Lower limits of Spartina densiflora and S-maritima in a Mediterranean saltmarsh determined by different ecophysiological tolerances

Jm. Castillo et al., Lower limits of Spartina densiflora and S-maritima in a Mediterranean saltmarsh determined by different ecophysiological tolerances, J ECOLOGY, 88(5), 2000, pp. 801-812
Citations number
Categorie Soggetti
Journal title
ISSN journal
0022-0477 → ACNP
Year of publication
801 - 812
SICI code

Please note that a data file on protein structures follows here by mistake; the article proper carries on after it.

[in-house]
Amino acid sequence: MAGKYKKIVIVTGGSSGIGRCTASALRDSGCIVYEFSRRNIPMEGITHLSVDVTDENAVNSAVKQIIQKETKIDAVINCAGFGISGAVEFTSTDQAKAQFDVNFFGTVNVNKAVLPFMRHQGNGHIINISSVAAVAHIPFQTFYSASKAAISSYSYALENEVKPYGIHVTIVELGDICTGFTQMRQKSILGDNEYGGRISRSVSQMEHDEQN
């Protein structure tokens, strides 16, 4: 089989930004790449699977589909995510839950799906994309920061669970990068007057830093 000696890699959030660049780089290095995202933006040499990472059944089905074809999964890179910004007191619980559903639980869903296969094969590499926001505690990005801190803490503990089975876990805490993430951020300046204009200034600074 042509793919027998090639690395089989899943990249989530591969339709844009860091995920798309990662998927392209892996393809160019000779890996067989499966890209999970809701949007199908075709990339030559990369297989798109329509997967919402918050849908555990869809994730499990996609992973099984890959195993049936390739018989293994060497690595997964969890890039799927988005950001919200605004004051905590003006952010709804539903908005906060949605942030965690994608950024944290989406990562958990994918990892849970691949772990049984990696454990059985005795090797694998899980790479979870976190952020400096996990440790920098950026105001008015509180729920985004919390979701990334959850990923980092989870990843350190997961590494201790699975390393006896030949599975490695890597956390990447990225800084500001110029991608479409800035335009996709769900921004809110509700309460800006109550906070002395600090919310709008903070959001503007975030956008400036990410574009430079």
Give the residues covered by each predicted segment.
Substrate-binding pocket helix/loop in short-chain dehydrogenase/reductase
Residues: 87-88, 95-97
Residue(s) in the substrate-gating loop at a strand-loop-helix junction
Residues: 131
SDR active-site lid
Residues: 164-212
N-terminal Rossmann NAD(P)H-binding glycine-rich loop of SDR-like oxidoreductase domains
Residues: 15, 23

1 Salt marshes in south-west Spain are being invaded by Spartina densiflora , a South American introduction, although the native S. maritima still domi nates many lower marshes. A transplant experiment was used to investigate t he means by which physical and chemical factors may determine lower vegetat ion limits in the tidal frame. Both species were transplanted from a mid-le vel marsh to lower, unvegetated tidal flats. 2 The survival and growth of transplanted clumps and their constituent till ers were monitored on an elevational gradient. The photosynthetic competenc e of transplants was assessed by measurements of leaf gas exchange and the fast kinetics of chlorophyll fluorescence. Submergence period, salinity, re dox potential and sulphide concentration in the sediment were also examined at the transplant sites. 3 Neither species survived for a year at the lowest transplant point (+ 1.0 4 m relative to Spanish Hydrographic Zero). At + 1.41 m elevation, S. marit ima survived well but all clumps of S. densiflora died. At higher elevation s (+ 1.46-1.67 m), clumps of both species had high survival rates. Tiller g rowth rates in surviving clumps of both species increased with elevation, b ut that of S. densiflora was more sensitive to low elevation. 4 S. maritima showed no impairment of photosynthetic performance, even at t he lowest elevation; its rates of gas exchange were independent of elevatio n, as were its chlorophyll fluorescence parameters. In contrast, in S. dens iflora the rate of CO2 uptake declined and stress to photosystem II (Fv/Fp) increased at lower elevations; both of these photosynthetic measurements w ere linearly related to sediment redox potential. Stomatal conductance did not vary with elevation. 5 S. maritima has a potentially wide elevational tolerance and an absolute lower limit substantially below that of S. densiflora. The progressively re duced growth and survival of S. densiflora at lower levels appear to result primarily from impairment of photosynthesis when root conditions are hypox ic. This effect is mediated through effects on the photochemical apparatus rather than on stomatal resistance to CO2 uptake. 6 These studies define lower limits to the fundamental niches of the two sp ecies in a Mediterranean-type salt marsh and thus provide a basis for futur e investigations of interactions between them. The correlation between chlo rophyll fluorescence and long-term survival of S. densiflora suggests that this short-term measure may be a valuable tool.